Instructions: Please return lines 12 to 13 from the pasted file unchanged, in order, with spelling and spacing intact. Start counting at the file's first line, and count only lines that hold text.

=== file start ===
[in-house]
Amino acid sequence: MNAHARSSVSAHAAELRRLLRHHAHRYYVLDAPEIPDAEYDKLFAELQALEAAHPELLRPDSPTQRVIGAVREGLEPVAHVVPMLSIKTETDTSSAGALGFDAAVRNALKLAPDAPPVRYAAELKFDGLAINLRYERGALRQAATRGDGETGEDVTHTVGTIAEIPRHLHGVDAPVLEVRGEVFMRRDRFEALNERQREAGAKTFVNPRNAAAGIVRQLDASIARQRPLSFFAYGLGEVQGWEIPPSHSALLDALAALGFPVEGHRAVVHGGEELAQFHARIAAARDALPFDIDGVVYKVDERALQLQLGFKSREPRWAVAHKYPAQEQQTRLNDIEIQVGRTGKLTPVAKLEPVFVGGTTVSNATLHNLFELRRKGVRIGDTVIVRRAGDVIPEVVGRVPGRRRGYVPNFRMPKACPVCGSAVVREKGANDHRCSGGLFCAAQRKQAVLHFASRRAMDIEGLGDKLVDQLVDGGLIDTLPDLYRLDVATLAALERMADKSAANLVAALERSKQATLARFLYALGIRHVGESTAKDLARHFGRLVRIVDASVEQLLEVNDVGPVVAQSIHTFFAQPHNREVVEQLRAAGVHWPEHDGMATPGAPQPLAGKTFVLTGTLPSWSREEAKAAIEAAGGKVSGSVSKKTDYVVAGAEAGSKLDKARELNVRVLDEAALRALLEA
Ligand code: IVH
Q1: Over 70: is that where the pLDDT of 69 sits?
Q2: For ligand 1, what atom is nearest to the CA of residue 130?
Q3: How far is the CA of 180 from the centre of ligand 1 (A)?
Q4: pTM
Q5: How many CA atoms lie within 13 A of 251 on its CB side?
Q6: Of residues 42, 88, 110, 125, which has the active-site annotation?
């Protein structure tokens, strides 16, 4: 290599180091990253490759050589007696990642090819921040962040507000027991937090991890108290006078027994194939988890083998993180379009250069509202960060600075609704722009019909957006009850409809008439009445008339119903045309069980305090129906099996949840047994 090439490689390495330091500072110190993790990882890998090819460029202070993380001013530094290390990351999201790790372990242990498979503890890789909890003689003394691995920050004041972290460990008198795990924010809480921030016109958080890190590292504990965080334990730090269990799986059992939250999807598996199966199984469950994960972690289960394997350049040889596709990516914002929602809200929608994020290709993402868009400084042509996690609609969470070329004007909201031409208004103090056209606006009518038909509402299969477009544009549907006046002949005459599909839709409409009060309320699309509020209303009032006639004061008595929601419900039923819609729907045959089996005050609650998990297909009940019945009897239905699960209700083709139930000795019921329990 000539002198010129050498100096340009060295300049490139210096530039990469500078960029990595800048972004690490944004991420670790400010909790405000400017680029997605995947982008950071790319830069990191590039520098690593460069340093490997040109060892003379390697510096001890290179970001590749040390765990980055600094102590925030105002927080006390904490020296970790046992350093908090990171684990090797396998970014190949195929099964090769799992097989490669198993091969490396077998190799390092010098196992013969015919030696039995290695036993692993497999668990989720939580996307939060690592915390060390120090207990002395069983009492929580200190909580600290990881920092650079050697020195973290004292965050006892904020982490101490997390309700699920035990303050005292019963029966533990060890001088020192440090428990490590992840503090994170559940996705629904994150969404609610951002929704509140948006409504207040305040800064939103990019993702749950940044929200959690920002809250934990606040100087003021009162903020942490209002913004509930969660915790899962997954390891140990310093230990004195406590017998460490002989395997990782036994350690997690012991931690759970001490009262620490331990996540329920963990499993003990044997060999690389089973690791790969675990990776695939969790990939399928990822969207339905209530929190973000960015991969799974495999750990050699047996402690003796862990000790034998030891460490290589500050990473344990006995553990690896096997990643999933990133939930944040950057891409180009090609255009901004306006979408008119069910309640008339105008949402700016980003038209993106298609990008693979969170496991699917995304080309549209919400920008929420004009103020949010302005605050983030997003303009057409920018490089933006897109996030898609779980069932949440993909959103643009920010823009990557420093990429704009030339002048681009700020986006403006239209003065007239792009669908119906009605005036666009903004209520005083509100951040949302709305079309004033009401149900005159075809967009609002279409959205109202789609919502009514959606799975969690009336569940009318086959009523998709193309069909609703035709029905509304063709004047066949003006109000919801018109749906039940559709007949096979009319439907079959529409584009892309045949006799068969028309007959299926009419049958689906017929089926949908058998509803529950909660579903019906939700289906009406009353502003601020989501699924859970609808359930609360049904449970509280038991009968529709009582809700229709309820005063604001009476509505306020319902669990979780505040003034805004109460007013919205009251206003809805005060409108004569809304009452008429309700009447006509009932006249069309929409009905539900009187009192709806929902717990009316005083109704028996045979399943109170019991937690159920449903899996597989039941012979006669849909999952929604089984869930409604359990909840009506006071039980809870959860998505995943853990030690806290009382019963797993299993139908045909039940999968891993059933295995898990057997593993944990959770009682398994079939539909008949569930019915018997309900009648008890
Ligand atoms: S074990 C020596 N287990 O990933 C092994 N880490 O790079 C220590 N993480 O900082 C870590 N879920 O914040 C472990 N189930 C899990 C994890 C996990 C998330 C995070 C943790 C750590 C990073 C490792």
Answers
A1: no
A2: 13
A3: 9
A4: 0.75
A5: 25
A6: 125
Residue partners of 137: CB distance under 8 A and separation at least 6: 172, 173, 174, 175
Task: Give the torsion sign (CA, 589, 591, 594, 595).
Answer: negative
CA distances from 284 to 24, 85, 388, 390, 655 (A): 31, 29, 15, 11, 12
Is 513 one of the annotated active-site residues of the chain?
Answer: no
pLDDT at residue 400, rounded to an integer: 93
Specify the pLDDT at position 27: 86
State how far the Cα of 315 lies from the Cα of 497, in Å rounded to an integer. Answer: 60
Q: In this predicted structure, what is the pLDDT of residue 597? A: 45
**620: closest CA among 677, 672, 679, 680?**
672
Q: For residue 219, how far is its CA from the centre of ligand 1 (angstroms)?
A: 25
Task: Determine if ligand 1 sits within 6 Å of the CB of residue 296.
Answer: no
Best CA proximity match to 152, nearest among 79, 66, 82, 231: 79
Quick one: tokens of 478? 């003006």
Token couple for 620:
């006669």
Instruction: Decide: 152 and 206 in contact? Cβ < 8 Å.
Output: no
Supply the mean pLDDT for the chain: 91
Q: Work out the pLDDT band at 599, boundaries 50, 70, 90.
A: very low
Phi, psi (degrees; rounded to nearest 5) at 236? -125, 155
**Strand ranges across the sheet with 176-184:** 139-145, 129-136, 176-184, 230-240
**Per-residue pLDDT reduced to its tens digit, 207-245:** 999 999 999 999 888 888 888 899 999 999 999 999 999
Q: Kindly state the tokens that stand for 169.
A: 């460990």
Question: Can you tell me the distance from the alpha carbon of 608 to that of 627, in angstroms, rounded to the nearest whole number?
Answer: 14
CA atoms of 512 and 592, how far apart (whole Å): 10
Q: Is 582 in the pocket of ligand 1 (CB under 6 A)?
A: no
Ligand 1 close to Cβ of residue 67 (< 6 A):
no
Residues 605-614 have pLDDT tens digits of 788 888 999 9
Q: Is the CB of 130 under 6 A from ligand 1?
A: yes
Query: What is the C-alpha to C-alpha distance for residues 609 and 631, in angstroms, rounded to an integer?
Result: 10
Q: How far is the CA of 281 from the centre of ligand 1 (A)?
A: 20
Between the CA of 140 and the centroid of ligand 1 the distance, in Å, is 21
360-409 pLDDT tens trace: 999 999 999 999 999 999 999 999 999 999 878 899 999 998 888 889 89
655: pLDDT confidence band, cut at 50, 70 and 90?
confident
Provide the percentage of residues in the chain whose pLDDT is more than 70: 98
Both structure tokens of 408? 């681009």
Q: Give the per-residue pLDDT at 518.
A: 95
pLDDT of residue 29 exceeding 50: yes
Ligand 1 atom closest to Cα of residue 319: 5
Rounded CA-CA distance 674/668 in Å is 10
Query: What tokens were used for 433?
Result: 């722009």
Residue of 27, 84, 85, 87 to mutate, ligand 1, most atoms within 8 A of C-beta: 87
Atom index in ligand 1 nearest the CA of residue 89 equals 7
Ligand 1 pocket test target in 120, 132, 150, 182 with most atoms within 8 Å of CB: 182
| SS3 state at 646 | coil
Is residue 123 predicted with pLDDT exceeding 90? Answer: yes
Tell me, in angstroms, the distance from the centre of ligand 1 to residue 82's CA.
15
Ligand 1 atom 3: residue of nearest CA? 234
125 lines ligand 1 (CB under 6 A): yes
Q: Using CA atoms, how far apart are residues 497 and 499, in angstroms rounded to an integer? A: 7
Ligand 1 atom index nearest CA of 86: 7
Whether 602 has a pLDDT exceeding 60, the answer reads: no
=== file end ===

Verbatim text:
Answers
A1: no